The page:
Patterns of drought recovery
When we think of drought we generally think of water. Or rather, an absence of water. But what about recovery from drought?
The paper in Nature is here: http://go.nature.com/2vlSEhg
In terms of how plants function the return of rainfall does not signal an instantaneous return to business as usual. Rather, there is a time lag between when water deficit is relieved and when a plant community returns to its previous functional state. As the consensus expectation of global climate modeling efforts is a world of more extreme extremes understanding the interplay between drought and recovery is a baseline input into forecasting ecosystem resiliency and vulnerability.
A complicating factor is that drought recovery has primarily been examined for individual plants or plant organs. Broad scale forecasting of land ecosystem impacts however requires a broader scale understanding of drought recovery. Our study weaves together various Earth observation data products to examine how drought recovery varies in space globally and in time across the 20th century.
This requires datasets that can speak to broad scale patterns in both space and time. Here we used three independent data streams: a remotely-sensed vegetation index, upscaled eddy covariance data, and Earth system model output. We focus on gross uptake as a marker of ecosystem function. This is highly relevant in an era of rapid global environmental change as gross uptake effectively scrubs carbon dioxide from the atmosphere.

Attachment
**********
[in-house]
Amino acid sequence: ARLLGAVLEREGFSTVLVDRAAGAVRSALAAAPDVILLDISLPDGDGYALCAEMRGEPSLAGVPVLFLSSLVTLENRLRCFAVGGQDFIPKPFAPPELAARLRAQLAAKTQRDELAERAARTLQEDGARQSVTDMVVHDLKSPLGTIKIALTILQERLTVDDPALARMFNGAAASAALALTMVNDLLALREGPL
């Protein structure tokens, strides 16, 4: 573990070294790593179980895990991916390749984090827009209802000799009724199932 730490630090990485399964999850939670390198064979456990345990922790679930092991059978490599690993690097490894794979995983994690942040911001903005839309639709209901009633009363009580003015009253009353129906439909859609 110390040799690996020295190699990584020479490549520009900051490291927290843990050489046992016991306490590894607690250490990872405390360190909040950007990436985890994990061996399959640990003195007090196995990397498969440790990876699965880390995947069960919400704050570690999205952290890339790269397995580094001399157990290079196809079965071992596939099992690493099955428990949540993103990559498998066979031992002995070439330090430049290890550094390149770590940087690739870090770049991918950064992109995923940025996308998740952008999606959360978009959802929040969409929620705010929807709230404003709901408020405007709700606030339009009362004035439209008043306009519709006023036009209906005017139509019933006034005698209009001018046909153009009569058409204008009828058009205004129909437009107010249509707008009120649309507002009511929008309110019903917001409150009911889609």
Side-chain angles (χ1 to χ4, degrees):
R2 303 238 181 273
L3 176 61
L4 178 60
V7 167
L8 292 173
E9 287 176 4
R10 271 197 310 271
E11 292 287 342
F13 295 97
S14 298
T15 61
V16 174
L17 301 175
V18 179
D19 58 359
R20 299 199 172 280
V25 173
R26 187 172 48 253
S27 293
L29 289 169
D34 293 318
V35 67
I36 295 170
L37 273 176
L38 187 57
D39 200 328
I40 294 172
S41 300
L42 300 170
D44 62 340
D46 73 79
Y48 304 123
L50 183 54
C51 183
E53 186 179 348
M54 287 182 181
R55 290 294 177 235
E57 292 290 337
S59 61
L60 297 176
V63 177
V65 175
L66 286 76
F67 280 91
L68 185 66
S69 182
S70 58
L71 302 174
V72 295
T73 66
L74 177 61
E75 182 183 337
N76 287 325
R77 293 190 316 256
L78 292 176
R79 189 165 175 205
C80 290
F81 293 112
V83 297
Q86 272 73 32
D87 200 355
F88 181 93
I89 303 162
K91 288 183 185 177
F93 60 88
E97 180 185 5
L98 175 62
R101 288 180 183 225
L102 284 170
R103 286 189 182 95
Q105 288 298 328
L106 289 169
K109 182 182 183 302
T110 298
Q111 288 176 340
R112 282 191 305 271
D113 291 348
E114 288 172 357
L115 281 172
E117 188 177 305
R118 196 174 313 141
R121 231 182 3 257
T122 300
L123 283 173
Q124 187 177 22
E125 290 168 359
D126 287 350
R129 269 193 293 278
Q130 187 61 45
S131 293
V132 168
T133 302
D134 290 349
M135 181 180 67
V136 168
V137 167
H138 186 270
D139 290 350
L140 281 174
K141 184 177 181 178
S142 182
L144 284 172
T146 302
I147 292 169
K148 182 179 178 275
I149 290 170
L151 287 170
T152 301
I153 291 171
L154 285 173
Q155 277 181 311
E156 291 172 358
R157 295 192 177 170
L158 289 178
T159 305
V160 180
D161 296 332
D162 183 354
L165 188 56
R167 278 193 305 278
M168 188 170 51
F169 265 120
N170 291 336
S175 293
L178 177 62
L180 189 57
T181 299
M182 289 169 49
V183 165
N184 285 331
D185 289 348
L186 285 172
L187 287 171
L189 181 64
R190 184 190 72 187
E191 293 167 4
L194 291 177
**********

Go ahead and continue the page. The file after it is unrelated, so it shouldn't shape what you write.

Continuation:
Regrettably, our results suggest that, in the near-term future, the time between droughts will decrease just as the time needed for a system to recover will increase. That is, land systems--with added emphasis on the tropics and northern high latitudes--across the globe may enter a new normal whereby full recovery from drought is effectively precluded before the next drought event occurs. This has troubling implications for the land carbon sink--the innate ability of vegetation to remove CO2 from the atmosphere and so buffer climate change. In the worst-case scenario existent vegetation communities will no longer be able to function with widespread tree mortality (in forest regions) and land sink degradation (globally) the result. This will play out over the next decades, a highly relevant timeframe for addressing climate risk (e.g., Paris Accord).
If droughts return more frequently and recovery times will shorten vegetation is likely to degrade and ultimately transition to a new state. Widespread tree mortality and a weakening of the carbon land sink are plausible outcomes (Image by Victor O. Leshyk, Center for Ecosystem Science and Society).